Image Processing Embedded Systems with Modular Hardware

October 13, 2020 | Sergey Olkhovsky
Image processing tracing human

Image processing embedded systems can be deployed quickly thanks to modular design tools

With advances in industrial automation, automotive technology, remote sensing, and much more, image processing is taking center stage in many embedded systems. Image processing with older video systems was difficult or impossible due to the low quality of many imaging systems with perpetual uptime. As a result, older camera systems could be developed for sensing location and motion (e.g., automated security systems), but little else could be done with the captured images due to the low video frame rates and low quality.

Newer systems provide video with higher frame rates and higher resolution images, but these systems still needed to connect directly to a computer in order to enable any useful image processing applications. Today, newer hardware modules with specialized GPUs are enabling image processing tasks in embedded systems without a direct connection to a desktop, server, or the cloud. These embedded systems still require the right board to interface with these hardware modules, but with the right design tools, you can easily create a new board for your image processing embedded systems and deploy it at the edge.

Image Processing Applications in Embedded Systems

Embedded systems for advanced image processing applications, especially applications involving machine learning or AI models, require significant processing power and memory alongside high resolution video. Ideally, these capabilities should be integrated into a single package with a small form factor and plenty of onboard memory for storing data. Add to this, network or wireless connectivity, and you have all the elements required for a powerful machine-learning-based image processing system.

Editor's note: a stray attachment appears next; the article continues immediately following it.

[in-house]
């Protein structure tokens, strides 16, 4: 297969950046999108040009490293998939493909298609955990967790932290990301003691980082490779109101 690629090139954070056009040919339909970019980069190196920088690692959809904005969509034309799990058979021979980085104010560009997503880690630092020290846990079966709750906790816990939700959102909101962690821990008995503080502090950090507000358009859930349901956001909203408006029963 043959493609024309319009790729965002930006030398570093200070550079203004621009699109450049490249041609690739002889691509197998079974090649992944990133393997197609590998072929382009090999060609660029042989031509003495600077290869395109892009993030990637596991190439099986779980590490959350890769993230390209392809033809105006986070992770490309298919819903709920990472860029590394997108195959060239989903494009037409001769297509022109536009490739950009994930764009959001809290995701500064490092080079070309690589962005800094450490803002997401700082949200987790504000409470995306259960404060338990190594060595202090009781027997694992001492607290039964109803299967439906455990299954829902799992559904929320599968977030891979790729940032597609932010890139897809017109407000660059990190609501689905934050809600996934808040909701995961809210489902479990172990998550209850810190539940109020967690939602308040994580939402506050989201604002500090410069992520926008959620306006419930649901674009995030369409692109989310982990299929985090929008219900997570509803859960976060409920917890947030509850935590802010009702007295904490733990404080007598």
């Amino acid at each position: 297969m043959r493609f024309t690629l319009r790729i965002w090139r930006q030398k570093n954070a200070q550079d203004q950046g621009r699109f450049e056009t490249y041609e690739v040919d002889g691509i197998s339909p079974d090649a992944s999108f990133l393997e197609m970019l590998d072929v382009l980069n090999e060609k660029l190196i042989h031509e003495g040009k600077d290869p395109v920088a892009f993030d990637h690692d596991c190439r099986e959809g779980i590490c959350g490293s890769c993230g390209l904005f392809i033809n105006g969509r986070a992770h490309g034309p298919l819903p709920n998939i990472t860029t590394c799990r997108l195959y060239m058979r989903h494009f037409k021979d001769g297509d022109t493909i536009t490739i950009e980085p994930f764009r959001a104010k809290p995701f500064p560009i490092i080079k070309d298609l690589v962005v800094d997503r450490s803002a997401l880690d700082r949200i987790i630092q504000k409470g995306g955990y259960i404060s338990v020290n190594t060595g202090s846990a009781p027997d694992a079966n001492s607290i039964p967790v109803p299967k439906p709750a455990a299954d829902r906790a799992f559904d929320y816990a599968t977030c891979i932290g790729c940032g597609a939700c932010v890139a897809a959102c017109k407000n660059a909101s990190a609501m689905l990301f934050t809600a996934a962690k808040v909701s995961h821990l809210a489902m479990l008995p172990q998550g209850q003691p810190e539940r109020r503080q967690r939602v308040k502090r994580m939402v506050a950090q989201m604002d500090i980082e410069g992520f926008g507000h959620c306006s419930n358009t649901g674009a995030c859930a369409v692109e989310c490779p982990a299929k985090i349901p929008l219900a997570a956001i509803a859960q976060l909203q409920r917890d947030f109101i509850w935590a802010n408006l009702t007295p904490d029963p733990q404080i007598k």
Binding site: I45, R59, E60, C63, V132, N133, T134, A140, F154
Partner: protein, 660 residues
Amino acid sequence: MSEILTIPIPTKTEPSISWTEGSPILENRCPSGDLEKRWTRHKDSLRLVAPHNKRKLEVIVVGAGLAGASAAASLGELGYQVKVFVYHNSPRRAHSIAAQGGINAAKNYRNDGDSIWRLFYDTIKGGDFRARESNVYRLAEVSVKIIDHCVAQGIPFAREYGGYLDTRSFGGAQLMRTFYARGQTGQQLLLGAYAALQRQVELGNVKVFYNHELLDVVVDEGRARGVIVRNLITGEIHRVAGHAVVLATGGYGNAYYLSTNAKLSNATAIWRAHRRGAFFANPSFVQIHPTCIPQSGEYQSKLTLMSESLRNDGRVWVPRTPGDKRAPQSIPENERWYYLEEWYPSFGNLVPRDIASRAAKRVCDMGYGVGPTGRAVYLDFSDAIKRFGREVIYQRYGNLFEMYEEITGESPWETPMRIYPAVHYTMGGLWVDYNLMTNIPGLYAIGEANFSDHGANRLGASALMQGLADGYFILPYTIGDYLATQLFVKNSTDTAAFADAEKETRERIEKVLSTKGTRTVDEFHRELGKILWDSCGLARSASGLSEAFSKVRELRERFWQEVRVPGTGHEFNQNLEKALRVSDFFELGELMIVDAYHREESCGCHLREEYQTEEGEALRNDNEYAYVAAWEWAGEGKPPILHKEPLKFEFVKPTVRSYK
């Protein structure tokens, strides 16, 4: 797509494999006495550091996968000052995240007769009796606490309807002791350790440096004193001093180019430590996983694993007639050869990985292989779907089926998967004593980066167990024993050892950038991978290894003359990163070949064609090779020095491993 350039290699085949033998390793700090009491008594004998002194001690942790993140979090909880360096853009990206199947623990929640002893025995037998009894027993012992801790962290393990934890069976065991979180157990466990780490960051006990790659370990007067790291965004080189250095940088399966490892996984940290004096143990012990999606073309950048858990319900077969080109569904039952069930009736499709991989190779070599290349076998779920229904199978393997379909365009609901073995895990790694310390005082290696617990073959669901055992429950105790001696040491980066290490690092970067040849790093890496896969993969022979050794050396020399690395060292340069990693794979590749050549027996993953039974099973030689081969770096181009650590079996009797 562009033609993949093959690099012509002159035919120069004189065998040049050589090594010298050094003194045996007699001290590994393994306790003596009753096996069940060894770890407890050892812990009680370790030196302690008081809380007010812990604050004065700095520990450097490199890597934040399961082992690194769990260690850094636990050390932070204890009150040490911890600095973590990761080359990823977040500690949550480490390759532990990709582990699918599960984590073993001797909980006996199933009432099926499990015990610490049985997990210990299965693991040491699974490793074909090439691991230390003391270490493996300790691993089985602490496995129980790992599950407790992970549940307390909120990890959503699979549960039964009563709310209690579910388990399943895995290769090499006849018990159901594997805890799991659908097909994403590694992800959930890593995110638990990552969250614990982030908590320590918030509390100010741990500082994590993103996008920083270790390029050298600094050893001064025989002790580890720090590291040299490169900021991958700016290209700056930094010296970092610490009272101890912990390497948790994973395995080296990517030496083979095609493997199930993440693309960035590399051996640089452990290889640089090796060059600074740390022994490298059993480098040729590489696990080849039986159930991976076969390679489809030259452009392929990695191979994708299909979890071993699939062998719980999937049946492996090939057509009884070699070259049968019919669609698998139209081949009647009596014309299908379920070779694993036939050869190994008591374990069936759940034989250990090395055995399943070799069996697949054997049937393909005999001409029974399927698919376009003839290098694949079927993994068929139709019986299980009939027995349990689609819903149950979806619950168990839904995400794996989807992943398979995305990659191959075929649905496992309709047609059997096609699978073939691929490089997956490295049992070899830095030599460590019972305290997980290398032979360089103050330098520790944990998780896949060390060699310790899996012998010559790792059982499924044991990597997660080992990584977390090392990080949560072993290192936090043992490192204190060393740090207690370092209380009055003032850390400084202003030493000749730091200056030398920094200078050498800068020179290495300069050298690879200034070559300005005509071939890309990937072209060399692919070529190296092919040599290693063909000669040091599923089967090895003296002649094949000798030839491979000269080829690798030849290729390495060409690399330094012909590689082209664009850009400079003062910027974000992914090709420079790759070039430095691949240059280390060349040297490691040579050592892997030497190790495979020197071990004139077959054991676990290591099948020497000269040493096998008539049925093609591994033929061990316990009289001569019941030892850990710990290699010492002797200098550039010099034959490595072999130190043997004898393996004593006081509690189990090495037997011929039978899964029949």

Many designers who are looking to develop new products in this area can certainly design a custom board for their product, but there are other options available. Most development boards (e.g., Arduino) constrain your allowed form factor and functionality to modules that can be connected through standard headers or USB. You’ll also be limited to running rather simple machine learning models with low latency. This is fine for processing still images, but these simpler systems are unsuitable for video processing.

NVIDIA’s AI-specialized boards are an ideal hardware platform

A better route is to design a board around a more powerful GPU module. NVIDIA’s AI-specialized boards are an ideal hardware platform for building image processing embedded systems. These modules run on an ARM Cortex architecture, and the embedded software developer will find plenty of resources for building firmware for these modules. Right out of the box, they can be used to run multiple neural networks in parallel. Here are some applications you can build and run in an embedded environment with NVIDIA’s modules:

  • Image identification. This involves identifying specific features within an image. This is a fundamental part of the two image processing techniques listed below. Some common tasks include edge detection (e.g., with Canny filtering or a Laplacian) or face detection.
  • Image segmentation. This task is meant to segment an image into specific features. An excellent example is pose identification, where specific body parts in an image must be identified, and then the arrangement of those body parts is used to determine the pose of a human body.
  • Image classification. Here, images are categorized based on the features they contain. Example applications include sentiment analysis based on facial features and quality control on a production line. I recently reviewed a research article on the use of tumor detection using image classification with a neural network; this type of application could be easily deployed on one of NVIDIA’s modules.
Image identification artificial intelligence

Image identification and classification using an imaging system in a smart vehicle.